Salt Lake City Mayoral Candidates Seeing Red

Salt Lake City Mayoral Candidates Seeing Red



Estimated read time: 2-3 minutes

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Richard Piatt Reporting The candidates for Salt Lake City mayor are dealing with a lot of serious issues. But there's one, perhaps lesser issue that has a lot of people seeing red.

Too much red and not enough green; traffic lights may not be an earth-shattering issue, but the candidates say a lot of people ask about it.

There's a fine line between a legitimate gripe and flat-out whining, and lots of people cross that line when it comes to the city's traffic lights.

Salt Lake City Mayoral Candidates Seeing Red

The four main candidates for mayor agree: There are real intersection issues in Salt Lake City.

"It's a real problem. It's a real annoyance. It costs us in air pollution, in mobility," Ralph Becker said.

Jenny Wilson agreed by saying, "It's frustrating to all of us."

"We don't need to have people sitting idly in cars on the streets. It's unnecessary in today's world," Keith Christensen said.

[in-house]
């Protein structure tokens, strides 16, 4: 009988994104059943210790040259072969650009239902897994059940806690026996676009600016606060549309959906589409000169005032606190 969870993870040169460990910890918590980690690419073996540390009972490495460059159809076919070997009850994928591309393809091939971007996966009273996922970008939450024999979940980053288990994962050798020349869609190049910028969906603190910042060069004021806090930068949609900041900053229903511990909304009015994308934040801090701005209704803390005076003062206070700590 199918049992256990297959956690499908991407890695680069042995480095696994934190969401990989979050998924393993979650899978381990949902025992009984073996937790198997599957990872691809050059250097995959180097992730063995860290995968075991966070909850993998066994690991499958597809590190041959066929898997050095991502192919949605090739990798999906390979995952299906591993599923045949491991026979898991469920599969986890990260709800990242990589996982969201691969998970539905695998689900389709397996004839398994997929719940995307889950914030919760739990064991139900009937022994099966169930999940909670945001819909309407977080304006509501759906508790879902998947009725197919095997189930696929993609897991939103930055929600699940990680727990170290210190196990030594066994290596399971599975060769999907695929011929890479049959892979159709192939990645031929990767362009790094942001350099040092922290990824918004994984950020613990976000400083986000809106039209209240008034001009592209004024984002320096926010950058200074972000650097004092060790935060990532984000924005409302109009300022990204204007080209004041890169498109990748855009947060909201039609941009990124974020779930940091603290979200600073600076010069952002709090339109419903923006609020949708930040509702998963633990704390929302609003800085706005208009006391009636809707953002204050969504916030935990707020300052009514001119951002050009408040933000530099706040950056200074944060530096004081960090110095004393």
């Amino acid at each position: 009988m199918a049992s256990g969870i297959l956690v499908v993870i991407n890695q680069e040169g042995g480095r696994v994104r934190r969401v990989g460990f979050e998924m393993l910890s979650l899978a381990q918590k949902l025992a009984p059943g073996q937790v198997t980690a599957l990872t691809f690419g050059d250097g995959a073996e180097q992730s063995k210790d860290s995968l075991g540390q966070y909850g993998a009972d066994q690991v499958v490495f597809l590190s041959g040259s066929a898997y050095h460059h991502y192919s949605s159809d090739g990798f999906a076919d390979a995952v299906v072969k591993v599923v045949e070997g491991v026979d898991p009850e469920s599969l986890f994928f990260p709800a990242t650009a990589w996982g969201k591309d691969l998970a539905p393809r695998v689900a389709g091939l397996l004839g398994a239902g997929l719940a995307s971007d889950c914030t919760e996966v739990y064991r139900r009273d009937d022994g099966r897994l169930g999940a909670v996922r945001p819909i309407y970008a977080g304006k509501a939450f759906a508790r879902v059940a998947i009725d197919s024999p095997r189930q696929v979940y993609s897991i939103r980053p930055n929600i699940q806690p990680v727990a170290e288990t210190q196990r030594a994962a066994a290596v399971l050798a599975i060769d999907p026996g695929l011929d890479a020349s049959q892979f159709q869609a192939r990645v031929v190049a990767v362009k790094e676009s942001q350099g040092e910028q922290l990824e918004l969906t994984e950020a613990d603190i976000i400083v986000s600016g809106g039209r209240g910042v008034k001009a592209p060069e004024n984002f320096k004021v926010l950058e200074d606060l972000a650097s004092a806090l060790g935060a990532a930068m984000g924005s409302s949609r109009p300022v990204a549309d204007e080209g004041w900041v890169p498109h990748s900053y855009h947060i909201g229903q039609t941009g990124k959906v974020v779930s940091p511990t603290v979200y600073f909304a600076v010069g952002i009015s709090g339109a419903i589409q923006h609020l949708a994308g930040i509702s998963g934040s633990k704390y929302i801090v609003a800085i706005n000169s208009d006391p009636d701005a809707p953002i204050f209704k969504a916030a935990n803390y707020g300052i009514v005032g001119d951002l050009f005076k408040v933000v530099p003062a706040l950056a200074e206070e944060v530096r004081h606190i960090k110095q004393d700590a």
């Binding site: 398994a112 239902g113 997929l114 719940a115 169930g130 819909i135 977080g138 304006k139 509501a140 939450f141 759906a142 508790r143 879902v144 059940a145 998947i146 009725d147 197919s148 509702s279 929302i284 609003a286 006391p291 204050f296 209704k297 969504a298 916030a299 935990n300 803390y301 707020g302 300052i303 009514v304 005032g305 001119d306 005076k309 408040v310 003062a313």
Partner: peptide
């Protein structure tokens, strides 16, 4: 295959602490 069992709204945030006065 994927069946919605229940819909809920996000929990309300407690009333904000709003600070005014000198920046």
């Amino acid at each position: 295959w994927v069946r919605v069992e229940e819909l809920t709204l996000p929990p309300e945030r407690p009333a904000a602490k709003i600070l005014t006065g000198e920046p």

And Dave Buhler believes it should be relatively easy to fix the traffic lights. "If we can send a man to the moon, why can't we synchronize our traffic lights?" he questioned.

Salt Lake City Mayoral Candidates Seeing Red

Of course everyone wants all green lights. Nobody wants to wait. But most don't mind waiting their turn. That is, if there's someone taking a turn. At some pedestrian intersections downtown, cars have to stop for nobody.

The candidates actually seem enthusiastic about addressing traffic issues. It's something that affects most people every day and is anything but light-hearted. "Why can't we blink lights to go to four way stops in the evenings, after hours, after maybe 12[midnight], so we can use it as a four way stop?" Wilson questioned.

Christensen said, "I've talked to a statistician who assures me that we can synchronize these lights if we get with it. We have the technology. It can be done."

Becker wants to get the public involved. "Identify the problems and the issues and work with people and do it collectively, and then make a decision and get our lights synchronized," he said.

"There are some streets where there are cars, and pedestrians rule. And then there may be a thoroughfare where pedestrians may have to wait," Buhler said.

Clearly, all the candidates are hit up with this question all the time. And, as far as campaign promises go, the good news is that every single one of them says they'll work on it if they're elected.

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